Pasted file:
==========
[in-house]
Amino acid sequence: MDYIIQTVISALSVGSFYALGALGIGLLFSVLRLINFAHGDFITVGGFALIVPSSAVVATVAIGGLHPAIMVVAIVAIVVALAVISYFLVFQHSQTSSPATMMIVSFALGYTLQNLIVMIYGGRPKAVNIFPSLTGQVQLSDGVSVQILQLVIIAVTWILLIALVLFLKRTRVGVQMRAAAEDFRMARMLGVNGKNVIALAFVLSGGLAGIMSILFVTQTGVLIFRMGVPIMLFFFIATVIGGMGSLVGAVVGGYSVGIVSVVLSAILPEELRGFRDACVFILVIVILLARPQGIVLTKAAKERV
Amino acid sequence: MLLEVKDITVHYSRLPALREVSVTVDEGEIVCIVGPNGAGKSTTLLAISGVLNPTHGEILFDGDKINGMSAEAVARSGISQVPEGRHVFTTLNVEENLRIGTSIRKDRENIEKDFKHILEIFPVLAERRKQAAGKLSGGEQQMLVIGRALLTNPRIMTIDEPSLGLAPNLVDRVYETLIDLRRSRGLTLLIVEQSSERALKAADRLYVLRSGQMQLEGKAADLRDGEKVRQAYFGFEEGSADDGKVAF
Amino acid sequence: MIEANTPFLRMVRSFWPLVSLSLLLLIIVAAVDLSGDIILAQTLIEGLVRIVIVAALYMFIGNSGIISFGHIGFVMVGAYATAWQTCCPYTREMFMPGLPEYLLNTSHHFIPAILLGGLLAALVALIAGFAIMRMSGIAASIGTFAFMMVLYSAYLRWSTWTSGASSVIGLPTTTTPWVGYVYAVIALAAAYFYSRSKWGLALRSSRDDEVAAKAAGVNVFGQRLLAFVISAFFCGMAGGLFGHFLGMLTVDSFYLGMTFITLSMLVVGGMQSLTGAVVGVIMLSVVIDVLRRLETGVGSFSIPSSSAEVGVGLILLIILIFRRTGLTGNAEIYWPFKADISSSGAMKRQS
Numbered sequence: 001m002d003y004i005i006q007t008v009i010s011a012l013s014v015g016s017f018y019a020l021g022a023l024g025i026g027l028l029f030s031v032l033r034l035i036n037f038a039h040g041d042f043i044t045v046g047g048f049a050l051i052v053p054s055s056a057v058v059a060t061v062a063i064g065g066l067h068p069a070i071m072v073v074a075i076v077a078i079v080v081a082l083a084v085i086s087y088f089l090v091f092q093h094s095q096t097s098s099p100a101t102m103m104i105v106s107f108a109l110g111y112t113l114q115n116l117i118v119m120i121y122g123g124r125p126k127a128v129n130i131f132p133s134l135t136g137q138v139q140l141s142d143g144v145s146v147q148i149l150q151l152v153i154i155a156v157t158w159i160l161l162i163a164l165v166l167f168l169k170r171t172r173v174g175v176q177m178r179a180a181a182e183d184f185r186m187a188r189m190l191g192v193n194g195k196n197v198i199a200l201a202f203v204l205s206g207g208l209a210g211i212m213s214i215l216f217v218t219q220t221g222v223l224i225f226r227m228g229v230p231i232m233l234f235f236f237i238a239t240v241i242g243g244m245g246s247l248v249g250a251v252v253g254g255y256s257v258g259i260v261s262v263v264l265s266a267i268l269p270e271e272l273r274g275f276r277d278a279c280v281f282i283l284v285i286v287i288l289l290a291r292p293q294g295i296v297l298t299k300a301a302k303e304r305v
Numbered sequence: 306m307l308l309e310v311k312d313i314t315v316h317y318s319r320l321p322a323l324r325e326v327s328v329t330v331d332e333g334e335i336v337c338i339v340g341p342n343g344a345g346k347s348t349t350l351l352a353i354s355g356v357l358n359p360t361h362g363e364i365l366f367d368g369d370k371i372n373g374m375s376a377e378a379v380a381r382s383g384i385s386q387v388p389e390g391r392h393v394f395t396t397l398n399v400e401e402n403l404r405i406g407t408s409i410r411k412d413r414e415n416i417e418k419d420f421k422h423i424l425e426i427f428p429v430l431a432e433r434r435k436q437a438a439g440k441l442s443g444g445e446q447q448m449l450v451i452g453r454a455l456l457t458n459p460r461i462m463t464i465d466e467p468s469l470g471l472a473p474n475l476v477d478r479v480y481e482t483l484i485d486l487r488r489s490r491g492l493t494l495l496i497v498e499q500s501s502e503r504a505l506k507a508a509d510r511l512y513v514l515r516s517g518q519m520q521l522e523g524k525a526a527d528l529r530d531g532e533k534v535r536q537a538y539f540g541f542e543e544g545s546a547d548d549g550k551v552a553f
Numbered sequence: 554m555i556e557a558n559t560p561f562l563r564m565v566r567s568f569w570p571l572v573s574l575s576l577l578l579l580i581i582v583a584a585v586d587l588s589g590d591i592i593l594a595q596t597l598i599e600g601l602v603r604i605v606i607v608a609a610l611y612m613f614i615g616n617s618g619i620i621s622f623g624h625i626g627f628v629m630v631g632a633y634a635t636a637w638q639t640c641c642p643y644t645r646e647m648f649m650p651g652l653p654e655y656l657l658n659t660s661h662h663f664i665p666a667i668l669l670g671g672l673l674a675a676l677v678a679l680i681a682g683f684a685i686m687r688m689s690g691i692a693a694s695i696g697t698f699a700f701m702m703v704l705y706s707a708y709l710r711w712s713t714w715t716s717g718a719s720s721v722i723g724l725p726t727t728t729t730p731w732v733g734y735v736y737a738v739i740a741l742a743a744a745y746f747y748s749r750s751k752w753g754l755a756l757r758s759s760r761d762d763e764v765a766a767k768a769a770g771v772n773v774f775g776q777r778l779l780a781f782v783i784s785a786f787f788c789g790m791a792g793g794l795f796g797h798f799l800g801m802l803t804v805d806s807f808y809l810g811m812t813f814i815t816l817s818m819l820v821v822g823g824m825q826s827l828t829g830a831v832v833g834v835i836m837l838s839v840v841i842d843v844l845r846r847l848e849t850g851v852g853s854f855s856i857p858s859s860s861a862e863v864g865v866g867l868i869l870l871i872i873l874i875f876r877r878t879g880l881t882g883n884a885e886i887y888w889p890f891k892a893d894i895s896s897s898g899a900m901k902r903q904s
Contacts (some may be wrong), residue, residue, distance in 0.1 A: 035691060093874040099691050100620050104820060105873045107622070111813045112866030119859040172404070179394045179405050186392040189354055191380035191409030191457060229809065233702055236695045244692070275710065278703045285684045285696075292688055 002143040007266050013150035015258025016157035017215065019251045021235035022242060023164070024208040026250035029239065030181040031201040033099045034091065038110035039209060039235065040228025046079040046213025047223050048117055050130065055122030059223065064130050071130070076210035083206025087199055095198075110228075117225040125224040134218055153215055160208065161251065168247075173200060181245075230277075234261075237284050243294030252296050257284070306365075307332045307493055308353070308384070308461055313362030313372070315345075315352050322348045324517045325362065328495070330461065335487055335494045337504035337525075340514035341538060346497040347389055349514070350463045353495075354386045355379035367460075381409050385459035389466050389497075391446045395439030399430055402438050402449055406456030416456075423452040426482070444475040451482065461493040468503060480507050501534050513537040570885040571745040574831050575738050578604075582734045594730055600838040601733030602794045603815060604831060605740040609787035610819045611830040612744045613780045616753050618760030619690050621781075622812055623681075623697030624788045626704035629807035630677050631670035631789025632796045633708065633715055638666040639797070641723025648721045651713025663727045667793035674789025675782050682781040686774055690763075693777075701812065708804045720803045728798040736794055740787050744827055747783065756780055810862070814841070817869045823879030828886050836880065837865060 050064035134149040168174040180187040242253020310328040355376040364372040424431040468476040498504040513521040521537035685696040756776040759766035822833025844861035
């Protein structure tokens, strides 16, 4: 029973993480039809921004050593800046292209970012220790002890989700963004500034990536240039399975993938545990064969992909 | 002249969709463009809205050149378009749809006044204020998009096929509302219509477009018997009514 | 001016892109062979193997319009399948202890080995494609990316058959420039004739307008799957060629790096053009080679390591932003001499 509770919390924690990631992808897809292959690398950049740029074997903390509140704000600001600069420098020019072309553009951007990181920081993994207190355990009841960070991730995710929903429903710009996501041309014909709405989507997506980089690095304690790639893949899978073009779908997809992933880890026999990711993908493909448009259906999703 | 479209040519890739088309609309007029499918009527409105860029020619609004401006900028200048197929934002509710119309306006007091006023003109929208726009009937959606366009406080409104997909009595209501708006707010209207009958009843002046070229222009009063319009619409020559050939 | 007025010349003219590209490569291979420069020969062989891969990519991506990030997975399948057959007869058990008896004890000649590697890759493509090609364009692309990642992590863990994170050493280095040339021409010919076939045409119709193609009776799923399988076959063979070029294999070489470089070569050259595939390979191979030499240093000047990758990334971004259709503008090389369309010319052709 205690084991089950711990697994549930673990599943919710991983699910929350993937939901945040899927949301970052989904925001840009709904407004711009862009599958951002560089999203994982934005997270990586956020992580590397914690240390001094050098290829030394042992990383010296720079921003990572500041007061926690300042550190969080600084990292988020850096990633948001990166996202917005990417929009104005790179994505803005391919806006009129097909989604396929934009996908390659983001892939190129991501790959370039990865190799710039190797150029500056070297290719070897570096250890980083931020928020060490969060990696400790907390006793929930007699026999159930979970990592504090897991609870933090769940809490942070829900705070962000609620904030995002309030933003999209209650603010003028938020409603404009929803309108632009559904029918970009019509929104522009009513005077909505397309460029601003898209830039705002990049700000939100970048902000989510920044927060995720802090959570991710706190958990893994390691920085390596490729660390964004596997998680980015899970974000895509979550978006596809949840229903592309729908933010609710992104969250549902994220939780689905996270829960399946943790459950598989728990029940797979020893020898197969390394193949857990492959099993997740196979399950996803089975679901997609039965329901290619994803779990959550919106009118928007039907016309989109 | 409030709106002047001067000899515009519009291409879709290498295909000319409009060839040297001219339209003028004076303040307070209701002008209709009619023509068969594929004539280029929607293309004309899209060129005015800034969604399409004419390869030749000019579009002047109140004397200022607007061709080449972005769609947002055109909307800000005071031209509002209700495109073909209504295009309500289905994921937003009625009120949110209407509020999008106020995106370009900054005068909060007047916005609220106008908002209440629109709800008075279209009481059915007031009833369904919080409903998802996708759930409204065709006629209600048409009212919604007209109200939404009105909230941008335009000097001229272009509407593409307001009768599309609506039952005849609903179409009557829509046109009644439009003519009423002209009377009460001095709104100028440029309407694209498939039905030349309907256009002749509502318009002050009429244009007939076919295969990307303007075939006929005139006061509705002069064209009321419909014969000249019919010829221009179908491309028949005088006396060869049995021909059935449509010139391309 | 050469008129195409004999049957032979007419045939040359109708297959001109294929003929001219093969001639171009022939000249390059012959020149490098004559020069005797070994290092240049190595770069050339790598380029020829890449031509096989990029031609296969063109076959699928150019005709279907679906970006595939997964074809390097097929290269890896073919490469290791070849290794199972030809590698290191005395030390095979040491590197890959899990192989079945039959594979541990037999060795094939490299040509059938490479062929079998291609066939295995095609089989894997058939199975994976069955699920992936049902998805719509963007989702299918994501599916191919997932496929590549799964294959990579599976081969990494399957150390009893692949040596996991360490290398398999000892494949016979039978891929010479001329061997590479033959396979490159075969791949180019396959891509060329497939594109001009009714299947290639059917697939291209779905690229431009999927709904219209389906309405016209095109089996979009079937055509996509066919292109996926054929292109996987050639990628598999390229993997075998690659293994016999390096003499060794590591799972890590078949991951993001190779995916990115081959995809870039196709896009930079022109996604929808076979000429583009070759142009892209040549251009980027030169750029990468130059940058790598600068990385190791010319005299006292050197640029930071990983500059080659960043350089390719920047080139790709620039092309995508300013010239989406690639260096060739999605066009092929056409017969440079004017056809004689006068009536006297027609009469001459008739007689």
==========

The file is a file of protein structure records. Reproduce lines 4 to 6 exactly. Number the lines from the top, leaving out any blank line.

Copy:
Amino acid sequence: MIEANTPFLRMVRSFWPLVSLSLLLLIIVAAVDLSGDIILAQTLIEGLVRIVIVAALYMFIGNSGIISFGHIGFVMVGAYATAWQTCCPYTREMFMPGLPEYLLNTSHHFIPAILLGGLLAALVALIAGFAIMRMSGIAASIGTFAFMMVLYSAYLRWSTWTSGASSVIGLPTTTTPWVGYVYAVIALAAAYFYSRSKWGLALRSSRDDEVAAKAAGVNVFGQRLLAFVISAFFCGMAGGLFGHFLGMLTVDSFYLGMTFITLSMLVVGGMQSLTGAVVGVIMLSVVIDVLRRLETGVGSFSIPSSSAEVGVGLILLIILIFRRTGLTGNAEIYWPFKADISSSGAMKRQS
Numbered sequence: 001m002d003y004i005i006q007t008v009i010s011a012l013s014v015g016s017f018y019a020l021g022a023l024g025i026g027l028l029f030s031v032l033r034l035i036n037f038a039h040g041d042f043i044t045v046g047g048f049a050l051i052v053p054s055s056a057v058v059a060t061v062a063i064g065g066l067h068p069a070i071m072v073v074a075i076v077a078i079v080v081a082l083a084v085i086s087y088f089l090v091f092q093h094s095q096t097s098s099p100a101t102m103m104i105v106s107f108a109l110g111y112t113l114q115n116l117i118v119m120i121y122g123g124r125p126k127a128v129n130i131f132p133s134l135t136g137q138v139q140l141s142d143g144v145s146v147q148i149l150q151l152v153i154i155a156v157t158w159i160l161l162i163a164l165v166l167f168l169k170r171t172r173v174g175v176q177m178r179a180a181a182e183d184f185r186m187a188r189m190l191g192v193n194g195k196n197v198i199a200l201a202f203v204l205s206g207g208l209a210g211i212m213s214i215l216f217v218t219q220t221g222v223l224i225f226r227m228g229v230p231i232m233l234f235f236f237i238a239t240v241i242g243g244m245g246s247l248v249g250a251v252v253g254g255y256s257v258g259i260v261s262v263v264l265s266a267i268l269p270e271e272l273r274g275f276r277d278a279c280v281f282i283l284v285i286v287i288l289l290a291r292p293q294g295i296v297l298t299k300a301a302k303e304r305v
Numbered sequence: 306m307l308l309e310v311k312d313i314t315v316h317y318s319r320l321p322a323l324r325e326v327s328v329t330v331d332e333g334e335i336v337c338i339v340g341p342n343g344a345g346k347s348t349t350l351l352a353i354s355g356v357l358n359p360t361h362g363e364i365l366f367d368g369d370k371i372n373g374m375s376a377e378a379v380a381r382s383g384i385s386q387v388p389e390g391r392h393v394f395t396t397l398n399v400e401e402n403l404r405i406g407t408s409i410r411k412d413r414e415n416i417e418k419d420f421k422h423i424l425e426i427f428p429v430l431a432e433r434r435k436q437a438a439g440k441l442s443g444g445e446q447q448m449l450v451i452g453r454a455l456l457t458n459p460r461i462m463t464i465d466e467p468s469l470g471l472a473p474n475l476v477d478r479v480y481e482t483l484i485d486l487r488r489s490r491g492l493t494l495l496i497v498e499q500s501s502e503r504a505l506k507a508a509d510r511l512y513v514l515r516s517g518q519m520q521l522e523g524k525a526a527d528l529r530d531g532e533k534v535r536q537a538y539f540g541f542e543e544g545s546a547d548d549g550k551v552a553f